"We were never violent. We just stood in the road and talked to people," Jan said.
This June, Jan ran his election campaign for the Gilgit-Baltistan Legislative Assembly from his prison cell, coming in second place.

The polls drew criticism from India, which called them "an attempt by Pakistan to camouflage its forcible and illegal occupation of the region".
Pakistan, in turn, levelled the same charges against India, saying troops maintained an "illegal hold" on its portion of neighbouring Kashmir, and that polls there were "sham elections" held "at gunpoint" that violated UN resolutions maintaining the region was disputed territory. 

More than 400 candidates stood for election last month to the 24-seat assembly, which has no powers to legislate important matters like how the region's natural resources are used, or how trade with neighbouring China is conducted.

A central issue was the new China corridor, which Jan, along with a handful of other activists who ran for the assembly, see as a slight to locals.
"They should have asked people what they want," said Jan. "Our environment will be destroyed. The local people were not given any option to give their input." 

Naeem, a truck driver in Gilgit, was also unhappy about the plan. "What are we going to get from this deal? We can't even control our own border. Pakistan will collect customs from China, and it will go to Islamabad."
'Making chutney' 
In the lead-up to the polls, more than 50 activists were arrested and charged with sedition, said Israr-ud-din Israr, the local representative of the Human Rights Commission of Pakistan .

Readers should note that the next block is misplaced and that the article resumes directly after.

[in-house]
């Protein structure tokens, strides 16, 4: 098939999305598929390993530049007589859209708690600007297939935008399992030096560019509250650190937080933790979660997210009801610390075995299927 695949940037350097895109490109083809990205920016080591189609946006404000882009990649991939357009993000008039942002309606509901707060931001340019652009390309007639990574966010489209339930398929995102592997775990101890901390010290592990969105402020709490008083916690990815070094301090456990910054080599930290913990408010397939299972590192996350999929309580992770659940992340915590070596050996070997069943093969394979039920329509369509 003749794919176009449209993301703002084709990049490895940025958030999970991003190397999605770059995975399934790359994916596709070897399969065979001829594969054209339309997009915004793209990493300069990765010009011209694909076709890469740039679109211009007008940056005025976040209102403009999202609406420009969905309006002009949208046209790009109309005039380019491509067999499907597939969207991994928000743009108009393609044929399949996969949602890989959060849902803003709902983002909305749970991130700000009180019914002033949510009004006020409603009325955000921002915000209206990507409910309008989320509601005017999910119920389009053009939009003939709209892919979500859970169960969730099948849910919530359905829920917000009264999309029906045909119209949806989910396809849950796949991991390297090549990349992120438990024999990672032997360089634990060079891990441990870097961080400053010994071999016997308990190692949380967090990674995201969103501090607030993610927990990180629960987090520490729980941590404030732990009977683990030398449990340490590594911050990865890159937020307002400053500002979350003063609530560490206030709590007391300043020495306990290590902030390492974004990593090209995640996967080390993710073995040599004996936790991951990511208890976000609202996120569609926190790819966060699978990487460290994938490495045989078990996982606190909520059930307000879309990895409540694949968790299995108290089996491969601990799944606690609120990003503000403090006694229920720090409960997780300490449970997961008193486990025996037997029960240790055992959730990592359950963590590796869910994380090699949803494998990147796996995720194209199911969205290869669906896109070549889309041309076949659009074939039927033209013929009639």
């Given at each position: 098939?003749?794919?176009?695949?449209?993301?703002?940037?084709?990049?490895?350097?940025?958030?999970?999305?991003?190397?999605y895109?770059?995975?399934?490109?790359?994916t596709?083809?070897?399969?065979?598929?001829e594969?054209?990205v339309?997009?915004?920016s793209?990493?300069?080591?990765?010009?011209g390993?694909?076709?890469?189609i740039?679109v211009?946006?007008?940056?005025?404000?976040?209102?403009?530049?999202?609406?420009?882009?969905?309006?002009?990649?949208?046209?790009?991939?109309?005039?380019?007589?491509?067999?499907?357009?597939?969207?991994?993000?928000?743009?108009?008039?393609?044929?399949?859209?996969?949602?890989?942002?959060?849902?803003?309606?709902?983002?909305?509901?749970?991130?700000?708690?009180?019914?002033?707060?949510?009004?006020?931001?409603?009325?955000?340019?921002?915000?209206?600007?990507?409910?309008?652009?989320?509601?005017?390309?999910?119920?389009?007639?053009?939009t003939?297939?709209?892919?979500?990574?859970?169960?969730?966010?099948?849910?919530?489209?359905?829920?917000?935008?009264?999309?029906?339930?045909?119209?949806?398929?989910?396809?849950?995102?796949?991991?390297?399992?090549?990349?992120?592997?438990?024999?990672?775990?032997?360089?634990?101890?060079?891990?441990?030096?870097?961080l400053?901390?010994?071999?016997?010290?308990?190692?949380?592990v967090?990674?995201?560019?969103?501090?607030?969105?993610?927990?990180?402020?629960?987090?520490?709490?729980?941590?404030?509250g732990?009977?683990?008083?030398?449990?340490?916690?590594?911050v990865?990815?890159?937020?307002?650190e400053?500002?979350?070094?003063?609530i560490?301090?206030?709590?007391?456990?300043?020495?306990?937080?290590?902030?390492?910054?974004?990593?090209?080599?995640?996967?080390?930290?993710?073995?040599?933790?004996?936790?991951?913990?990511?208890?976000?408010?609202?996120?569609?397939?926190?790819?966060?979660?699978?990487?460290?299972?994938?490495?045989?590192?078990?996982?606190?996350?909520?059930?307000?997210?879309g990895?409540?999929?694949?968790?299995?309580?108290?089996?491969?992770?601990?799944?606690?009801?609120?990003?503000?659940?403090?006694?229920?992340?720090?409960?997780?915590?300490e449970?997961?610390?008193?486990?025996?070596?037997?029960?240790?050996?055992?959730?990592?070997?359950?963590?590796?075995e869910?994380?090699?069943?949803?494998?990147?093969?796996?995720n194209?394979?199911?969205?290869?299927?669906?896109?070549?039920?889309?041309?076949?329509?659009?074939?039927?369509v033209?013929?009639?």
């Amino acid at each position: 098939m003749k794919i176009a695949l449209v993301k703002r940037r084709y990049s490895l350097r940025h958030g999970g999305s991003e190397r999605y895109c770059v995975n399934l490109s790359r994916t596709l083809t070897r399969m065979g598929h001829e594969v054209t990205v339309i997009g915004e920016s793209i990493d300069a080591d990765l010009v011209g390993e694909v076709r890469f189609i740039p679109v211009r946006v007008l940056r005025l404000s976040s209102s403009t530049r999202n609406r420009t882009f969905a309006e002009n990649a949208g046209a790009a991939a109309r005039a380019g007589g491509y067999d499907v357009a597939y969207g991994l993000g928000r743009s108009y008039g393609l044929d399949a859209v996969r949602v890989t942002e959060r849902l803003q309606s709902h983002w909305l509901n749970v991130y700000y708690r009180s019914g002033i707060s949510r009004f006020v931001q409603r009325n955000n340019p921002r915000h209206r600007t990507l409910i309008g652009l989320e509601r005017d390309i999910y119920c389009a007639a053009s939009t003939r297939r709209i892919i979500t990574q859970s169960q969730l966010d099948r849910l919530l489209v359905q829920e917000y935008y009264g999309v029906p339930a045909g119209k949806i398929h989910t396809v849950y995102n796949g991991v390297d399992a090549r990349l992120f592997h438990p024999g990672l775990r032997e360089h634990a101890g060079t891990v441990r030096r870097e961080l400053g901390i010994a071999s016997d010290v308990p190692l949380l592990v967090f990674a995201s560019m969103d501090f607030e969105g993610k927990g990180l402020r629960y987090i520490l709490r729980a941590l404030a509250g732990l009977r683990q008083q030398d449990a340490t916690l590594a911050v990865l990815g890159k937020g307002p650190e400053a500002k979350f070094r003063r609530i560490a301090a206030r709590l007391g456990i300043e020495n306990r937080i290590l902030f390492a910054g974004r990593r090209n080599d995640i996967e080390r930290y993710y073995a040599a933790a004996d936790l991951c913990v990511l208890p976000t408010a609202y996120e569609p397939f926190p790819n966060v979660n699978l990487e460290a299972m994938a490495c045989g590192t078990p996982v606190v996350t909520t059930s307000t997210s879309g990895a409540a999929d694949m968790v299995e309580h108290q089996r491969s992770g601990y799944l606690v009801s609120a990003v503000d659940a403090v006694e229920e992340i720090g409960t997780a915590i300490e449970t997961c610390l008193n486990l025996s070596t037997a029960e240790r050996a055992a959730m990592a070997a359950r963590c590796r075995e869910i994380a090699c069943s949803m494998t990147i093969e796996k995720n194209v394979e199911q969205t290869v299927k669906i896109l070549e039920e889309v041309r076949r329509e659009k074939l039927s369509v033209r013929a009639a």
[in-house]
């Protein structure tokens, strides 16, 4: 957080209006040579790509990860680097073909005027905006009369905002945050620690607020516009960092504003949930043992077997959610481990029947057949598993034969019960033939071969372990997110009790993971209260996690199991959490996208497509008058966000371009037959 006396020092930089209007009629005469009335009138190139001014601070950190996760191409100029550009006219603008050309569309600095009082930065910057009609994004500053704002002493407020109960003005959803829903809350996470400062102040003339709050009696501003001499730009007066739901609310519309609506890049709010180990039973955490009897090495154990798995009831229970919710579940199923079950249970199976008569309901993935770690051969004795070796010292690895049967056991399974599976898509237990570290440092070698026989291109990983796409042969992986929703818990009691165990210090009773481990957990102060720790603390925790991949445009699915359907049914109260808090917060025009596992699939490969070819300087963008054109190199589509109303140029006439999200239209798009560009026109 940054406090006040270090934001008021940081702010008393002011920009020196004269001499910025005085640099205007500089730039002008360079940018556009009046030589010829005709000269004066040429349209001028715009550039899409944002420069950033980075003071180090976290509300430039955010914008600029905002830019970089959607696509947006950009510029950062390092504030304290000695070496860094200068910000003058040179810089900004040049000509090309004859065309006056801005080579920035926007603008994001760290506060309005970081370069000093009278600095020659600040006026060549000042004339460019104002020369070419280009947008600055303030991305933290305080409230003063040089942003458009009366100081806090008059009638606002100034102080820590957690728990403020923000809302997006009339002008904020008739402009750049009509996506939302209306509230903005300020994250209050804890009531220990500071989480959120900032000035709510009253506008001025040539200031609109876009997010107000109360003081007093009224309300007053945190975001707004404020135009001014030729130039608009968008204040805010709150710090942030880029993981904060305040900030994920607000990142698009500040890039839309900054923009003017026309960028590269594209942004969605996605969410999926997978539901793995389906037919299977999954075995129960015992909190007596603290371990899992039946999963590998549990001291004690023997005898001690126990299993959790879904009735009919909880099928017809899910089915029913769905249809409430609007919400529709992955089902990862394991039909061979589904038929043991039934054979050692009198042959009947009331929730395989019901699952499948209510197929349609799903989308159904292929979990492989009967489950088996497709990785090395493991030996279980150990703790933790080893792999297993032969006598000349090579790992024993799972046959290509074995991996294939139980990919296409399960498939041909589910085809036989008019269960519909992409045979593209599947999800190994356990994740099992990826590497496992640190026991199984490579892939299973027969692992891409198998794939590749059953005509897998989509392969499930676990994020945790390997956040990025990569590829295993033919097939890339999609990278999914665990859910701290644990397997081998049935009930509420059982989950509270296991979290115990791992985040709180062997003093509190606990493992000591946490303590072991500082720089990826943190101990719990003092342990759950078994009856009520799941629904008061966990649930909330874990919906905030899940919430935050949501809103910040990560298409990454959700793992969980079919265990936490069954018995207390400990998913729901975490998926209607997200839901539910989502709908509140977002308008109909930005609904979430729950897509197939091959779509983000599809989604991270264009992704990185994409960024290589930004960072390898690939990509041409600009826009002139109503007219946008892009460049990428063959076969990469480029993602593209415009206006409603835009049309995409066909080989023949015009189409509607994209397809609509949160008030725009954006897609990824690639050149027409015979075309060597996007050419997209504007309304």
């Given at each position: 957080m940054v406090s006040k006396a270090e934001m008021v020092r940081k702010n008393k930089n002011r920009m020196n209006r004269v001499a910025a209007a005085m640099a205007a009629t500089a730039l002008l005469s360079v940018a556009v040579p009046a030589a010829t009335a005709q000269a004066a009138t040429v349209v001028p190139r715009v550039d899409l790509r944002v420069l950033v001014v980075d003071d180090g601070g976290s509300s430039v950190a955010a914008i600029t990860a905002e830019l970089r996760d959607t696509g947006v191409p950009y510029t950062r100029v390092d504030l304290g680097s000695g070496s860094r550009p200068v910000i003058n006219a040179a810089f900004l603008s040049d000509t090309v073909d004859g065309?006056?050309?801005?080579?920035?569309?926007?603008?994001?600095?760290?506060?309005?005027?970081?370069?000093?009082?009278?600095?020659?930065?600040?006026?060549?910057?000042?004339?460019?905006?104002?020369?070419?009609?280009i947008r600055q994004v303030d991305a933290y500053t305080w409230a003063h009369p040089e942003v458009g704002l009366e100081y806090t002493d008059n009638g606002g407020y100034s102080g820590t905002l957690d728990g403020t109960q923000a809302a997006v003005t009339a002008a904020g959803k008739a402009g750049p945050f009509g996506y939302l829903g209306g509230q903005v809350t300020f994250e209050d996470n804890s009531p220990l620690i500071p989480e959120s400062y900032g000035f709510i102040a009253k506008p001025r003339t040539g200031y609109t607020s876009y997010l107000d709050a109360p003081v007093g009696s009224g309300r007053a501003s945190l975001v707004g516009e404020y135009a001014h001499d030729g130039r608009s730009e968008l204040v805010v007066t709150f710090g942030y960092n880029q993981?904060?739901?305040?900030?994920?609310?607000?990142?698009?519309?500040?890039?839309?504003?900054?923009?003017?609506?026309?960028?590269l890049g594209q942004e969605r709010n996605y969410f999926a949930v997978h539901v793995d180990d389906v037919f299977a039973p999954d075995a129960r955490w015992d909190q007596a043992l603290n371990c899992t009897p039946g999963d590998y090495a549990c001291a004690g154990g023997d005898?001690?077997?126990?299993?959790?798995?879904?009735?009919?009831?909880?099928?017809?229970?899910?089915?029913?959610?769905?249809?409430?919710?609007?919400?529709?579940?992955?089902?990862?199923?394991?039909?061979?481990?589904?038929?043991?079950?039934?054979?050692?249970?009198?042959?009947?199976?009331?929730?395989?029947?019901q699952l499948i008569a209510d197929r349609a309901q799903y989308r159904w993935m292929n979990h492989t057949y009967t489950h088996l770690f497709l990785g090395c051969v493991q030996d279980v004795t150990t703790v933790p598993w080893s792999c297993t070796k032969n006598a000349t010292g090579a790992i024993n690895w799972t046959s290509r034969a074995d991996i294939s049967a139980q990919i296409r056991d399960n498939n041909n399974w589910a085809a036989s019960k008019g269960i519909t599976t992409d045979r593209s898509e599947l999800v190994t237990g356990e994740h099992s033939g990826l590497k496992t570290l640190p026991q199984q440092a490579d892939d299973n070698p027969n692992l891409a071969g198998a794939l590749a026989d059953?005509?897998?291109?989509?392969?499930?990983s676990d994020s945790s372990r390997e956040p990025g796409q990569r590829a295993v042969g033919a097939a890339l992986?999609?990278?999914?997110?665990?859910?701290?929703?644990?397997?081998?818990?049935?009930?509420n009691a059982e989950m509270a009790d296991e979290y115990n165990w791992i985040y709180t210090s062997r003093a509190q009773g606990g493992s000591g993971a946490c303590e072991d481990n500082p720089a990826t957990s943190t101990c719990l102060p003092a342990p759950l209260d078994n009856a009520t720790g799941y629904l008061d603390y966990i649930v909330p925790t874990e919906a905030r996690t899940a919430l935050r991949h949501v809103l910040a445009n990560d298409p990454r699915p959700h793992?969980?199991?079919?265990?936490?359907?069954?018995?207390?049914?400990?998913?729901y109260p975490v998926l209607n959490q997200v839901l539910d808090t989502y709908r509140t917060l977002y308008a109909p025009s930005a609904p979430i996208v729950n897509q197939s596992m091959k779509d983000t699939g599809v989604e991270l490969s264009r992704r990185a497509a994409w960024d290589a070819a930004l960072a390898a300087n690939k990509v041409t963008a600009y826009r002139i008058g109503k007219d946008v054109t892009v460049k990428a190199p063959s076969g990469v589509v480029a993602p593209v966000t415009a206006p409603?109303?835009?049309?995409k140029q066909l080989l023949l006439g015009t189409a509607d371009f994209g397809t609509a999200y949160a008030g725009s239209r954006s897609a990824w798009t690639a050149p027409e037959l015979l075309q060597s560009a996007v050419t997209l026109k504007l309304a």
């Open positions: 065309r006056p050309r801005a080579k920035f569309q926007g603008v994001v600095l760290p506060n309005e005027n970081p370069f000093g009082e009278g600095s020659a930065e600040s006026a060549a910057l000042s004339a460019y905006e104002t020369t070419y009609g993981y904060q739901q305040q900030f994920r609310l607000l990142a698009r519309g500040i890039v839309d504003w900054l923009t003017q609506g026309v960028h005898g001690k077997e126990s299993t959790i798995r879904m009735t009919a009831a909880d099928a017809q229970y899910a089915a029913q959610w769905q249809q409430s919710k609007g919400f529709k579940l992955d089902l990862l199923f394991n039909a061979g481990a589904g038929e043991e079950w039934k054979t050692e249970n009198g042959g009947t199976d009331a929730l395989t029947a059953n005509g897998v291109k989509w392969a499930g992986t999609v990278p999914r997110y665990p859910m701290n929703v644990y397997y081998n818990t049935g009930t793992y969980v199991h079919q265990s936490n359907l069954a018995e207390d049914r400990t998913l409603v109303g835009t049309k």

Israr argued that the charge of sedition itself makes no sense in Gilgit-Baltistan, since Pakistan's constitution makes no mention of the region, and in international fora Islamabad maintains that the region is part of the dispute with India over Kashmir.

Because of its disputed nature, Giglit-Baltistan has not been made a province, so the only laws that apply there are those extended by the prime minister.

Spokespeople for the Pakistani prime minister's office and the foreign ministry did not respond to queries from Al Jazeera. The Ministry of Kashmir and Gilgit-Baltistan Affairs, which manages the region, refused to give a comment also, as did local officials, including the District Commissioner, the highest local officer.

"How can there be sedition here?" asked Israr. 
"I hold a Pakistani ID card, but I cannot vote for people in parliament. I cannot become prime minister or a member of parliament. I do not fit the description of a citizen, according to the constitution," Israr stated. 
Kashmir's economy shattered by conflict
Last October, Israr and nine others were charged with sedition after they led a march to the UN observer's office in Gilgit to deliver a letter calling for the organisation to look into the arrest of Bab Jan and other activists, whom they termed "political prisoners". 

The case against Israr and the others was thrown out by an appeals court, but the campaign picked up steam.
This February, 19 people who spoke at a seminar in Gilgit entitled "Gilgit-Baltistan in Light of the Kashmir Dispute" were arrested and  charged with sedition, because they referred to the region as a "disputed" territory.   

This June, eight activists were 
 beaten and arrested  by police as they attempted to deliver a letter to the UN observers in Gilgit calling the planned elections "illegal", and demanding a plebiscite be held to determine the region's political status. 

"India and Pakistan are making chutney with us," said Jan. "No one cares about the people here, their economy, their real problems."
Source: Al Jazeera